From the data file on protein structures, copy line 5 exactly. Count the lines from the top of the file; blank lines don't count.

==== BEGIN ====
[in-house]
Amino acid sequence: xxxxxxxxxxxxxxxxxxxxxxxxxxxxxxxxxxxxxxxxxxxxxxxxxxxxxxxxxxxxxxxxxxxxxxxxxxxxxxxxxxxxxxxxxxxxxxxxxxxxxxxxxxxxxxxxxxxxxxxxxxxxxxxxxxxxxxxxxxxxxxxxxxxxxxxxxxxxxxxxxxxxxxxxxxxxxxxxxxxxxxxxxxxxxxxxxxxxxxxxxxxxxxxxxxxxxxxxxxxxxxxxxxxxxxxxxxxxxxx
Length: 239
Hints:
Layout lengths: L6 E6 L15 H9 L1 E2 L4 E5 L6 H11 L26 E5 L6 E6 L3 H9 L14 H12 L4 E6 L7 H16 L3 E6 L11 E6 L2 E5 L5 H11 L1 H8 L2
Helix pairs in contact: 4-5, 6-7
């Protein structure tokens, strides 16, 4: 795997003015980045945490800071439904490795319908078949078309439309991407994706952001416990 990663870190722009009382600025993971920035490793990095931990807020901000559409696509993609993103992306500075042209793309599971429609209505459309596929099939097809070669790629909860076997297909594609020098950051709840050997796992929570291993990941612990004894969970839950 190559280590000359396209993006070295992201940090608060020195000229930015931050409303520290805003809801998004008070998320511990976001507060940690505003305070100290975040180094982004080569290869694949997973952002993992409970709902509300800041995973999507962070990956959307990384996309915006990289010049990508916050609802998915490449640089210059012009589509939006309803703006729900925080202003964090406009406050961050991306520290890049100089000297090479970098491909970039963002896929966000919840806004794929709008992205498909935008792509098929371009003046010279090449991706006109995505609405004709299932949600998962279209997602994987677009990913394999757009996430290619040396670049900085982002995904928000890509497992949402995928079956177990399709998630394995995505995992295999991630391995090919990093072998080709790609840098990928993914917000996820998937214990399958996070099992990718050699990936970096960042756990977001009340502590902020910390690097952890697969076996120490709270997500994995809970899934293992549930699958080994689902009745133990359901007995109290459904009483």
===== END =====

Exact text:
Layout lengths: L6 E6 L15 H9 L1 E2 L4 E5 L6 H11 L26 E5 L6 E6 L3 H9 L14 H12 L4 E6 L7 H16 L3 E6 L11 E6 L2 E5 L5 H11 L1 H8 L2